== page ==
Do Not Pass Go; Do Not Collect $200 – Take Me Back Tuesday remembers Monopoly

For unlucky individuals, “Do not pass go; Do not collect $200” is the most terrifying phrase of the money-loving game – Monopoly! A game that has allowed generations of people to buy and sell their way to the top without spending a dime, Monopoly appeals to the capitalist in all of us! I mean, who doesn’t like spending other people’s money – even if it is green, pink, blue, yellow, and white? I know I do!

So, who was the creative and conniving capitalist who started it all? Here’s a little history on Monopoly from Hasbro:

Monopoly was created in 1934 at the height of the Great Depression by Charles B. Darrow of Germantown, Pennsylvania. Darrow took his game design to the executives at Parker Brothers, who rejected the now popular game due to “52 design errors”!

Darrow couldn’t resist the promise of fame and fortune he believed his board game offered so he produced Monopoly on his own. “With help from a friend who was a printer, Mr. Darrow sold 5,000 handmade sets of the MONOPOLY game to a Philadelphia department store.” Luckily, people loved the game. As the demand for the game grew, Darrow once again appealed to Parker Brothers to help him fill his orders. Ironically, Parker Brothers agreed to manufacturer the game with the “52 design errors” that caused them to originally reject the game!

In its first full year on the market, 1935, Monopoly was the best-selling game in America. Over its 65-year history, approximately 500 million people have played this historic game!

 

Here are some fun facts about this favorite game:

  • World records are maintained for the longest game in a tree house (286) hours, underground (100 hours), in a bathtub (99 hours) and upside-down (36 hours)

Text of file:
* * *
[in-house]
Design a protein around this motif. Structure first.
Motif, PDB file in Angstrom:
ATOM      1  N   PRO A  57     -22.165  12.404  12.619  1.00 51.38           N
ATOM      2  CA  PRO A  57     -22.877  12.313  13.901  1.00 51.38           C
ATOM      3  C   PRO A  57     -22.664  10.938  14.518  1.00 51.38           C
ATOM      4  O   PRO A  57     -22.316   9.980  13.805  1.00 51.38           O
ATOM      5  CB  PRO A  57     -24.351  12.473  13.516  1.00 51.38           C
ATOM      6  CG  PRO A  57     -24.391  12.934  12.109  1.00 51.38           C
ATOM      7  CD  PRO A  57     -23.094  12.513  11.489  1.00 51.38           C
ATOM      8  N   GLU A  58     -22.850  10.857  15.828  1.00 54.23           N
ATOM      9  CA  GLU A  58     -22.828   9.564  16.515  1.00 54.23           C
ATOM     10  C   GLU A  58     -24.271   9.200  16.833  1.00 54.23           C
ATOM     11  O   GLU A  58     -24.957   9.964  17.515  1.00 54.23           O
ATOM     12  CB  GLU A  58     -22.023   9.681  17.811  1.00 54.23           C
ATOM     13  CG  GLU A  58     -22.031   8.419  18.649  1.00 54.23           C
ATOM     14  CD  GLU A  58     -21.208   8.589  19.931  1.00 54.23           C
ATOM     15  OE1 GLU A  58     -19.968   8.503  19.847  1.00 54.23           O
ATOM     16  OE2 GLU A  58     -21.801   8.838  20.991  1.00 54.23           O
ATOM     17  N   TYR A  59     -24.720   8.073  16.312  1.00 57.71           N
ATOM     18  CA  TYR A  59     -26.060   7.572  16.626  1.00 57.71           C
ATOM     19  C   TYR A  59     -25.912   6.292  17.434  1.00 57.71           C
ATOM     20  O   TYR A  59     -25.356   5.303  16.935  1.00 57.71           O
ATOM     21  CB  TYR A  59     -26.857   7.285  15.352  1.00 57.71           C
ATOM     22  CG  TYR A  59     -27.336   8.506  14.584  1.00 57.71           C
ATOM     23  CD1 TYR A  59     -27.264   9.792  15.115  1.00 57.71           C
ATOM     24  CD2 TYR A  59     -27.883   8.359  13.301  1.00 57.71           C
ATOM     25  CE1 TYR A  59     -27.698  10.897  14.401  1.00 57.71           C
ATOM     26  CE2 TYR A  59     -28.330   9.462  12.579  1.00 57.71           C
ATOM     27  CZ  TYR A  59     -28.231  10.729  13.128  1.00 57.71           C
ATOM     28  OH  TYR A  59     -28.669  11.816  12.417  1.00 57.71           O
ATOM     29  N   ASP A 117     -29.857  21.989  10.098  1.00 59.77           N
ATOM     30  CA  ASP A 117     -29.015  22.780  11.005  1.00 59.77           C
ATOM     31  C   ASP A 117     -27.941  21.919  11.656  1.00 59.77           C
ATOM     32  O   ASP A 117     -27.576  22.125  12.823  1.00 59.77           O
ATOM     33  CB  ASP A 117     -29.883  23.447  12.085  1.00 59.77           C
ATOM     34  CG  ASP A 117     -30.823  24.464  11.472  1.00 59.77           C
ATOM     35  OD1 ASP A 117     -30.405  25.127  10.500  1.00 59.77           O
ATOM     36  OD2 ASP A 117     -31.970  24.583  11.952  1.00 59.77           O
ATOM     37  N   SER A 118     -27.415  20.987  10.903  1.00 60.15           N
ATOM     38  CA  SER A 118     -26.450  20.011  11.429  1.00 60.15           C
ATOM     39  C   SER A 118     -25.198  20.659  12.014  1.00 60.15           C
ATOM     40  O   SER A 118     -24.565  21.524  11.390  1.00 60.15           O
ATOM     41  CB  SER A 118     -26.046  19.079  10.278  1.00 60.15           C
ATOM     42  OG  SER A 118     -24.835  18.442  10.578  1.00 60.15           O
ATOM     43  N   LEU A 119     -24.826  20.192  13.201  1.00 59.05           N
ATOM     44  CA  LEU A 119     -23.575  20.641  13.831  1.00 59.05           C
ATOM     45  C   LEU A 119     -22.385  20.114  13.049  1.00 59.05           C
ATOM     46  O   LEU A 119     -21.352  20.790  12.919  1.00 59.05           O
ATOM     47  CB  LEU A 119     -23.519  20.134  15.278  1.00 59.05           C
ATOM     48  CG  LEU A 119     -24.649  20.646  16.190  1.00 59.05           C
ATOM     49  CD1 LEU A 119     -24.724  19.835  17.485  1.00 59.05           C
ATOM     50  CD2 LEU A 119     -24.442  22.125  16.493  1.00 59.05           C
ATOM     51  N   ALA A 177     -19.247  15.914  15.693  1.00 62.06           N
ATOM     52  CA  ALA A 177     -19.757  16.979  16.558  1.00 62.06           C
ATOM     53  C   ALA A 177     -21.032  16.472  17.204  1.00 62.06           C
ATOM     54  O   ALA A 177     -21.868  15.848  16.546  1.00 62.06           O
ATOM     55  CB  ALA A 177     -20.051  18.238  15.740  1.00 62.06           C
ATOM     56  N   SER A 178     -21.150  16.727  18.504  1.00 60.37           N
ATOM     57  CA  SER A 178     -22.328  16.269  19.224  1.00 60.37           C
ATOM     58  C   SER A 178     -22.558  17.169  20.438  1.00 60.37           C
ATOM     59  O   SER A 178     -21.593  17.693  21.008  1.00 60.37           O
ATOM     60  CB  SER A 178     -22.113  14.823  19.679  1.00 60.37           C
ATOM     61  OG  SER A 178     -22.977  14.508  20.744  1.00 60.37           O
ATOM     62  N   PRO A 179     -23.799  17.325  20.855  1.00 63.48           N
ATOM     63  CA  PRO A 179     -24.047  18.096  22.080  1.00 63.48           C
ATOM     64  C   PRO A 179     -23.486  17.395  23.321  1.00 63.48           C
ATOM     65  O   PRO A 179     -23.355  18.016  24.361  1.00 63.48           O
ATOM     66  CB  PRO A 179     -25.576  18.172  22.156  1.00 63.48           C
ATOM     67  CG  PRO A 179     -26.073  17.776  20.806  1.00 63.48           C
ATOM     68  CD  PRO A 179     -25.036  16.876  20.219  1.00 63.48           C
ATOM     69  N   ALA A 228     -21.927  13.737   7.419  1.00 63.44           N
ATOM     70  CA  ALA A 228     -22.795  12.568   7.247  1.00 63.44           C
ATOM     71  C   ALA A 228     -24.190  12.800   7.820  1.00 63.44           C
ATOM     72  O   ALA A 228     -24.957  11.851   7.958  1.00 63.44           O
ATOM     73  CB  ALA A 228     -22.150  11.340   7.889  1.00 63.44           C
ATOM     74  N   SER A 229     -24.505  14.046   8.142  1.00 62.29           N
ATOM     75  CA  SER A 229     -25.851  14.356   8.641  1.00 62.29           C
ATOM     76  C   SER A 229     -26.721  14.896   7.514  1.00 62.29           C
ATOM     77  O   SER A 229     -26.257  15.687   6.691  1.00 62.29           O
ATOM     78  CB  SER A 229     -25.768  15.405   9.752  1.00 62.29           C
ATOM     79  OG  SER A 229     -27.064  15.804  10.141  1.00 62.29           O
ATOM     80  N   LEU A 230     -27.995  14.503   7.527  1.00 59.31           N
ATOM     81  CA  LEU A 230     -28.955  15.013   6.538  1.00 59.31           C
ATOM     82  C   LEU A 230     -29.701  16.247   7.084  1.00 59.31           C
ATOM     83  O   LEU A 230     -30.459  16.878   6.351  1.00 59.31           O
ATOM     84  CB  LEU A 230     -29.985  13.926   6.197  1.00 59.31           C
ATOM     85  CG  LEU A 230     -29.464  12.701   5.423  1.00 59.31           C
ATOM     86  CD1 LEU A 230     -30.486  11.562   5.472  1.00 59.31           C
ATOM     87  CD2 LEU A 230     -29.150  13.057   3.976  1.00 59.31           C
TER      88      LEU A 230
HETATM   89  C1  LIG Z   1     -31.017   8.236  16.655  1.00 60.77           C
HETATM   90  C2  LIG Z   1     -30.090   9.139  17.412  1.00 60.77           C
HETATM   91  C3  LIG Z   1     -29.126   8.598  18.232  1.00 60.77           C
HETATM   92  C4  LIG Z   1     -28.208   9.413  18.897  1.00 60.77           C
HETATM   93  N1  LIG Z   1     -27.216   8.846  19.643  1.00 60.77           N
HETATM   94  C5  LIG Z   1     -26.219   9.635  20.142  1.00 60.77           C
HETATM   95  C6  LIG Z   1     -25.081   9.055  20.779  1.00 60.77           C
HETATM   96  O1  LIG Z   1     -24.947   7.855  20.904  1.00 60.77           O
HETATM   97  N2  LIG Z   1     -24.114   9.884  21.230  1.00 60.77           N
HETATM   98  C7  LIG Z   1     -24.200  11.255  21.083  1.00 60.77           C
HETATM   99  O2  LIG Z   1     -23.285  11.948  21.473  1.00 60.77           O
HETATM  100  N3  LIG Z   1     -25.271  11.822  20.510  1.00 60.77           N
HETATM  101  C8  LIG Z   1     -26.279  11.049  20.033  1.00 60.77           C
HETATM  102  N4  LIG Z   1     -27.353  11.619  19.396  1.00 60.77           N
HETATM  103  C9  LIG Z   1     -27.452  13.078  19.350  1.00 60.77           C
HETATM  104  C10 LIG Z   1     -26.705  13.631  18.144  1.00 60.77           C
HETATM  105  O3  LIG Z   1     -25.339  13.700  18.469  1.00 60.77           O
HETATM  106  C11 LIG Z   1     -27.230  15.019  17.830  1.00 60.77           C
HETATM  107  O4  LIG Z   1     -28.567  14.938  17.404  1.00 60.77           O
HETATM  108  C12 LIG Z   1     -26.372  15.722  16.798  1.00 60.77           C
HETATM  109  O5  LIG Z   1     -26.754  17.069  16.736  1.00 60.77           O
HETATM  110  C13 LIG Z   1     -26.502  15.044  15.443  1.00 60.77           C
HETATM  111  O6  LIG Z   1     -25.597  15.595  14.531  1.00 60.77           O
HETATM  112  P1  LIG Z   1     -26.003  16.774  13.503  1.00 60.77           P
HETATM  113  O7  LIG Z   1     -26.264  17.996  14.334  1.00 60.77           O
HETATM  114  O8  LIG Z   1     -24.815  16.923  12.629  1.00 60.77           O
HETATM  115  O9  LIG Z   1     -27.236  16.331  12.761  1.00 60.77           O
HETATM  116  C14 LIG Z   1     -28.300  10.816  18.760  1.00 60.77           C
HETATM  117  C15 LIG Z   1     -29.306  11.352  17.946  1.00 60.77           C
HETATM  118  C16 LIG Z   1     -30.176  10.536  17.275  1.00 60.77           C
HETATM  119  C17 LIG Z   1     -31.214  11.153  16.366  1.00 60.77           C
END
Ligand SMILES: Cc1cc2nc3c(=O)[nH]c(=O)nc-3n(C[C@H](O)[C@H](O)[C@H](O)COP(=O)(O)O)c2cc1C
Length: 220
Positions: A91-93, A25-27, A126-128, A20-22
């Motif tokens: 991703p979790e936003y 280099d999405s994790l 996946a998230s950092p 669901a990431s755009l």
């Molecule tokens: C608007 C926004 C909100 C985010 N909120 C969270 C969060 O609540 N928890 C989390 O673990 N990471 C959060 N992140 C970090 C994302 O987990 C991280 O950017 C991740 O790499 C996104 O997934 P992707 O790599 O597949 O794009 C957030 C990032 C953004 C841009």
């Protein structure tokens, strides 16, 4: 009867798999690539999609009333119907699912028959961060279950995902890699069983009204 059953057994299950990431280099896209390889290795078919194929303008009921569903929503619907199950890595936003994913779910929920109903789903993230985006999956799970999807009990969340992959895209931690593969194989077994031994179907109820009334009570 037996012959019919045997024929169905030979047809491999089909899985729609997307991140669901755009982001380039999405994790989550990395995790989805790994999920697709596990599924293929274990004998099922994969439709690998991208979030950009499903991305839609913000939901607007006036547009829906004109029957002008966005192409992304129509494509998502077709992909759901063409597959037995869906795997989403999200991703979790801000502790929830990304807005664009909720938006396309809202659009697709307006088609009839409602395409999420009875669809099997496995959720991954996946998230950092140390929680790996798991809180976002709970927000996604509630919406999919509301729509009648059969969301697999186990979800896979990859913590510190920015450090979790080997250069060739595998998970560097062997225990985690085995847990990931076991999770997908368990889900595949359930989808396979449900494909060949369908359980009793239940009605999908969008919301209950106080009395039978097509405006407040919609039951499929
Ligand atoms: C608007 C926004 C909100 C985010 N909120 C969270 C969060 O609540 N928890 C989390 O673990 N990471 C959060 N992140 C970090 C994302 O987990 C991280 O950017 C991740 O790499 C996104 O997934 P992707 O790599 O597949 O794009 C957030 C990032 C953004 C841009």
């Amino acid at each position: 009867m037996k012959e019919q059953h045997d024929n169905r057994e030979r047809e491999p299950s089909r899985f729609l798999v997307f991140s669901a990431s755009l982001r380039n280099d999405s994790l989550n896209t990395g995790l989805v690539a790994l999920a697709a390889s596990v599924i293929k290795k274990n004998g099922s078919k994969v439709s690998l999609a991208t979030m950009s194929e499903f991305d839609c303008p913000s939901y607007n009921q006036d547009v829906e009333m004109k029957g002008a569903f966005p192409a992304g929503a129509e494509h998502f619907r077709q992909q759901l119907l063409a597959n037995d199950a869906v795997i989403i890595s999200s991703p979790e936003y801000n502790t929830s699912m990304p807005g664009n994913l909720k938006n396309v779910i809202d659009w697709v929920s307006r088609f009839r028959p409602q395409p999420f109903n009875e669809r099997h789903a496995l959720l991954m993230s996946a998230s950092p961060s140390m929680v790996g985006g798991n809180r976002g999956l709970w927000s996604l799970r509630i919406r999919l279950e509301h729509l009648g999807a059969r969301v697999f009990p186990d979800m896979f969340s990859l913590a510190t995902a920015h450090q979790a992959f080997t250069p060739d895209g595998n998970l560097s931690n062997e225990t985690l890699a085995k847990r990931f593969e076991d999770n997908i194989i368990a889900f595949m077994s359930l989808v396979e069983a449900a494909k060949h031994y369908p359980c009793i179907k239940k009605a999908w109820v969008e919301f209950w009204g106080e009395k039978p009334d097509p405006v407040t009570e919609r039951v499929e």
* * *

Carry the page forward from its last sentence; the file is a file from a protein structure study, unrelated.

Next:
• The longest MONOPOLY® game ever played was 1,680 hours long. That is 70 straight days!
  • In the 1970′s, a Braille edition of the MONOPOLY® game was created for the visually impaired
  • The total amount of money in a standard MONOPOLY® game is $15,140
  • In 1978, the Neiman Marcus Christmas catalog offered a chocolate version of the game priced at $600

While the original Monopoly remains my personal favorite, the Monopoly market has branched out into a plethora of crazy-themed editions such as junior versions, television shows, pop culture icons, and so much more. Check out this awesomely 90’s Monopoly Junior commercial:

But, whether it’s the original Monopoly or a “new and improved” version, what I remember most about Monopoly is that – well, it never seemed to end. My parents and I would always give up before anyone actually won. I have never actually played an entire game, where a player ran out of money.

 

This post was brought to you by Nicole McCann, a future secondary English Teacher. Here’s a little more info (in her own words) about this dedicated future professional:

I began my education at Penn State with a B.A in English, but have since chosen to pursue a secondary education degree at Slippery Rock University. Since switching gears from appreciating language to teaching it, I find myself unable to stop thinking about ideas for classroom use. I am currently learning and discussing education on any and all levels—both the theoretical and the classroom aspects. I will be graduating with an M.A. in education in 2010, with future plans of being a secondary English teacher.

 

Source Citation:
“History and Fun Facts.” Hasbro.com. October 15, 2009. http://www.hasbro.com/monopoly/en_US/discover/history.cfm

No comments yet.

Leave a Reply

*